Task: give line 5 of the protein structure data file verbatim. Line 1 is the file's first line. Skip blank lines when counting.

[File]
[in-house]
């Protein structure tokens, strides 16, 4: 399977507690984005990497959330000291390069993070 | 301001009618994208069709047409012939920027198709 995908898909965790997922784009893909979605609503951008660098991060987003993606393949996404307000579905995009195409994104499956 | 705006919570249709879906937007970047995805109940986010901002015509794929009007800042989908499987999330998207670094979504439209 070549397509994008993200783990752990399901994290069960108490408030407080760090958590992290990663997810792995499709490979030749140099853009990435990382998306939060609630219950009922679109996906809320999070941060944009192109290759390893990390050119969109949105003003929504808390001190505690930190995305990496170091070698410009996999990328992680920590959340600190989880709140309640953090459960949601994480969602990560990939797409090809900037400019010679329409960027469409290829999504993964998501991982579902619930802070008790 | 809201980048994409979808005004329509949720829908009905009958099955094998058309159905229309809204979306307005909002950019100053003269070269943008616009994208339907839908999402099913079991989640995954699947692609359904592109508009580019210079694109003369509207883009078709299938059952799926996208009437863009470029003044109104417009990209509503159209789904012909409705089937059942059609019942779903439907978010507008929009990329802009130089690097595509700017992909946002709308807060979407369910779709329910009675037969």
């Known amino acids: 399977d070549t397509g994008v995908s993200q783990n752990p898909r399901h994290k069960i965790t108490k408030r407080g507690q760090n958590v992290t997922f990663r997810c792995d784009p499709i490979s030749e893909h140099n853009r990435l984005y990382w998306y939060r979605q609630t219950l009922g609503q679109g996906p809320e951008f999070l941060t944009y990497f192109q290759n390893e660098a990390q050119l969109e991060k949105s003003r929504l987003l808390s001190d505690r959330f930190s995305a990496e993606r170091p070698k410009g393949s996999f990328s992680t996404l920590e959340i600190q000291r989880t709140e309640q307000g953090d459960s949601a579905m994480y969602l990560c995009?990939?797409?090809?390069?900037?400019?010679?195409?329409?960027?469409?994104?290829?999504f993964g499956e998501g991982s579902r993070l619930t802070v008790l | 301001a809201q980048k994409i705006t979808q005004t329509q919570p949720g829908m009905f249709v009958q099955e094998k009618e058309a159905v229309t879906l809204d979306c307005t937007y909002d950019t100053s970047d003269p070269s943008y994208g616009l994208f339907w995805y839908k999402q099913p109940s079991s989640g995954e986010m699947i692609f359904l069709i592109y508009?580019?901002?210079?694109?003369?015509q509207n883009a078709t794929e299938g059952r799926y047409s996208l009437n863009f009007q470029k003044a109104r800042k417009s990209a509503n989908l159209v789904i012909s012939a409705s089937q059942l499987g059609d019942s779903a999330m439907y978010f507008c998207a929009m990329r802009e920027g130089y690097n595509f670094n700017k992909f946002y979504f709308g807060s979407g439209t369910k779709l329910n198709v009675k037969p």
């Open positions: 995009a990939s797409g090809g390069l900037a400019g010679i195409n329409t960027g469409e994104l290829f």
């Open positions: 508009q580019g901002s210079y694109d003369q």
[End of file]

């Open positions: 508009q580019g901002s210079y694109d003369q």